“I can’t just afford to give my children what they really need in terms of food,” said Feyintola Bolaji, a mother of three in her 50s based in Ibadan, southwest Nigeria.
Nigerian merchant Feyintola Bolaji, struggling with stagnant income and declining sales, is now squeezed by ever higher prices demanded by her food suppliers, leading her to reduce the amount she can put on the market. table of his own family.
The tightening of the Bolaji belt is shared by millions of people in Africa’s most populous country. Shortly after the Nigerian statistical agency revealed that one in three people in the continent’s largest economy were unemployed, it announced on Thursday that food inflation had accelerated at the highest rate in 15 years , aggravating the misery of many households.
“It’s really bad, I can’t just afford to give my kids what they really need in terms of food,” said Bolaji, a mother of three in her 50s based in Ibadan, in the south. -west of town. “I try to get them to get the nutrients they need when they grow older, but it’s not enough,” she said, adding, “I had to cut down on meat and fish.
The insurgency, unrest and the government position of President Muhammadu Buhari on food imports in a country where more than half of the population lives on less than $ 2 a day is exacerbating food insecurity in this African country. Meanwhile, the coronavirus pandemic has deprived 70% of Nigerians of some form of income, according to a Covid-19 impact survey released by the statistical agency last month.
Food inflation hit 22.95% in March, driven by sharp price increases for commodities such as grains, yams, meat, fish and fruit. These skyrocketing costs have been in part attributed to a deepening conflict between farmers and herders in Nigeria’s agricultural belt that Buhari has struggled to crush.
The unrest, combined with Boko Haram’s more than ten-year insurgency in the north, weakening currency and rising fuel prices have also contributed to rising food prices, according to SBM Intelligence , a Nigerian research company.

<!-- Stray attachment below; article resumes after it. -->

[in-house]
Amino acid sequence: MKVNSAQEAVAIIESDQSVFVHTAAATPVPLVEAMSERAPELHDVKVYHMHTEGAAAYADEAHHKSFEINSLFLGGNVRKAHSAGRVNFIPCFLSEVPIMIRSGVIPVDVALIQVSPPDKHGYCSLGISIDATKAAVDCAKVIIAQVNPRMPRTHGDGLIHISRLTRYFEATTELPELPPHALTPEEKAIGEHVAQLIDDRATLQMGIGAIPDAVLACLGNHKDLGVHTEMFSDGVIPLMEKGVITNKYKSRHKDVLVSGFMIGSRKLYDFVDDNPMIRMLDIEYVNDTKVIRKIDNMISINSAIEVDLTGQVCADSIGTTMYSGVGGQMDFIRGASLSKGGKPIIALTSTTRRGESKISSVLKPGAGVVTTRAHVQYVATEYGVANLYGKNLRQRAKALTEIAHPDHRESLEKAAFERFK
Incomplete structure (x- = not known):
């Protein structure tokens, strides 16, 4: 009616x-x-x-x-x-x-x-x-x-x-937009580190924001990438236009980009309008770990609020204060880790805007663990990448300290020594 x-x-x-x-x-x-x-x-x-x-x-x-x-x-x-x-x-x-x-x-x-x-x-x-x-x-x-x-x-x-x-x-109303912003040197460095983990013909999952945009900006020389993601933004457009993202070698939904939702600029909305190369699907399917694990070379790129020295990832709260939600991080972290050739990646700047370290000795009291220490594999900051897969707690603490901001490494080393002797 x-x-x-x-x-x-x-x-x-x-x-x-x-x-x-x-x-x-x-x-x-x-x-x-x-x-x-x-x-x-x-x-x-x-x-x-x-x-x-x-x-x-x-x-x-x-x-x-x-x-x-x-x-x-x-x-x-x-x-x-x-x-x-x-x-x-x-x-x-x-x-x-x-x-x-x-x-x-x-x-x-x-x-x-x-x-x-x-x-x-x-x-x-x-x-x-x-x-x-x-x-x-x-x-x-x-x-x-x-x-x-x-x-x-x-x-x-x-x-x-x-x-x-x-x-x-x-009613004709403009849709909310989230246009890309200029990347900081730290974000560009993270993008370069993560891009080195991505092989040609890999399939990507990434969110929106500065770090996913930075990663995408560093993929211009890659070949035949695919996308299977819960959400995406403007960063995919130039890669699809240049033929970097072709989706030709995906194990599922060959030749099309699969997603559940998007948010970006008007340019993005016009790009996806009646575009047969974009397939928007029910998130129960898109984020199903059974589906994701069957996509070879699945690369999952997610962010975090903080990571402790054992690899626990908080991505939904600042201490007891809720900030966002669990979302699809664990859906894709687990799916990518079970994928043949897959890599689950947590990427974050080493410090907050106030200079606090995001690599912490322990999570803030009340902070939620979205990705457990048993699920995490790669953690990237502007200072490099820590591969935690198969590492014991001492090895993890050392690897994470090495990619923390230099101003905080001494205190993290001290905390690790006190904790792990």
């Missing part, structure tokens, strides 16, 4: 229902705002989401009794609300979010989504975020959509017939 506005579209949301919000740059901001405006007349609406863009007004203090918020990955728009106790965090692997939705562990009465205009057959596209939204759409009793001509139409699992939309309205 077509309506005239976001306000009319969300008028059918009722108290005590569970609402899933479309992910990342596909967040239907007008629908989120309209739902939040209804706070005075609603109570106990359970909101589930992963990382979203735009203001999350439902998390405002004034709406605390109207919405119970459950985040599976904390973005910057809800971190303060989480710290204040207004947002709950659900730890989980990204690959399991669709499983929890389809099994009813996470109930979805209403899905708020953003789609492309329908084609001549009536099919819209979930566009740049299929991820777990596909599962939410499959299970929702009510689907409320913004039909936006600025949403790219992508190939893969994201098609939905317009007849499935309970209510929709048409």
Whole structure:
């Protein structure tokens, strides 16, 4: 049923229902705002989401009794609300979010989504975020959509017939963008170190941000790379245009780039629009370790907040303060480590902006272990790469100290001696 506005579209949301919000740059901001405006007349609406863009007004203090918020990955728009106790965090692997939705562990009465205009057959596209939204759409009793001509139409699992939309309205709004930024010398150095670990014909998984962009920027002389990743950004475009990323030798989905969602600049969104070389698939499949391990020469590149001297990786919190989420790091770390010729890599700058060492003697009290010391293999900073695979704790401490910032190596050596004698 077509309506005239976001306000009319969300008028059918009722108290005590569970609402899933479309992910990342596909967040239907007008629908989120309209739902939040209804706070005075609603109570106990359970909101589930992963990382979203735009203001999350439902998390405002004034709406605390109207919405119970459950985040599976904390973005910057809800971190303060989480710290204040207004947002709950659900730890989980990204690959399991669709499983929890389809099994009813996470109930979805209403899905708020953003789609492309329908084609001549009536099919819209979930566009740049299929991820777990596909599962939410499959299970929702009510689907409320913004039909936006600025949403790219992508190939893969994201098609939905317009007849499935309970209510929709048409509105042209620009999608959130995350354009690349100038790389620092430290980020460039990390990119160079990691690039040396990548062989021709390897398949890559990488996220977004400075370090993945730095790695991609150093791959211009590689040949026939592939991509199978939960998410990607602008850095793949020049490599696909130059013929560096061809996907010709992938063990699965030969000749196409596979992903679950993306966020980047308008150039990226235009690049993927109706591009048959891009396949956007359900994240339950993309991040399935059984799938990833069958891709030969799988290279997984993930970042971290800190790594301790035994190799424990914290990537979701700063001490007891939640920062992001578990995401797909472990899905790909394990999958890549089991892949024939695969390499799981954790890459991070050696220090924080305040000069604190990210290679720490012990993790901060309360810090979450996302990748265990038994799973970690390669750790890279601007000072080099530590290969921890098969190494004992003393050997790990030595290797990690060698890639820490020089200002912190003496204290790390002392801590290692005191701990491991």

The situation was also exacerbated by import restrictions on some basic commodities, such as rice, which remained in place despite the reopening of Nigeria’s land borders by Buhari in December after a 16-month shutdown in an attempt to put end to endemic smuggling.
Rising inflation has hurt producers’ profitability and is a major contributor to the low penetration of exports of Nigerian-made products into the international market, the Nigeria Manufacturers Association said in a statement on Friday.
“There is an urgent need for the government to intentionally ensure price stability before the situation becomes deplorable,” the manufacturing body said.
Food prices will remain high until the security crisis, which has prevented farmers from returning to their land, is resolved, said Cheta Nwanze, senior partner of SBM Intelligence. It is “unless the government does the right thing and allows food imports,” he said.
Until then, Nigerians, who already spend more than half of their income on food, have had to cut back. Just over 50% of all households reported a reduction in consumption between July and December last year due to the double pressure of falling wages and rising food costs, according to the statistical agency. from Nigeria.
Kemi Adedigba, a 42-year-old freelance writer living in Lagos, the country’s financial center, is among those affected by this double whammy. Adedigba has two growing teenagers to feed, but she struggles with a steady decline in her work even as her monthly food bill has increased by almost 70% since December.
“You’re in luck if you get recurring gigs with the way the economy is going down the toilet,” she says. “It’s a nightmare.”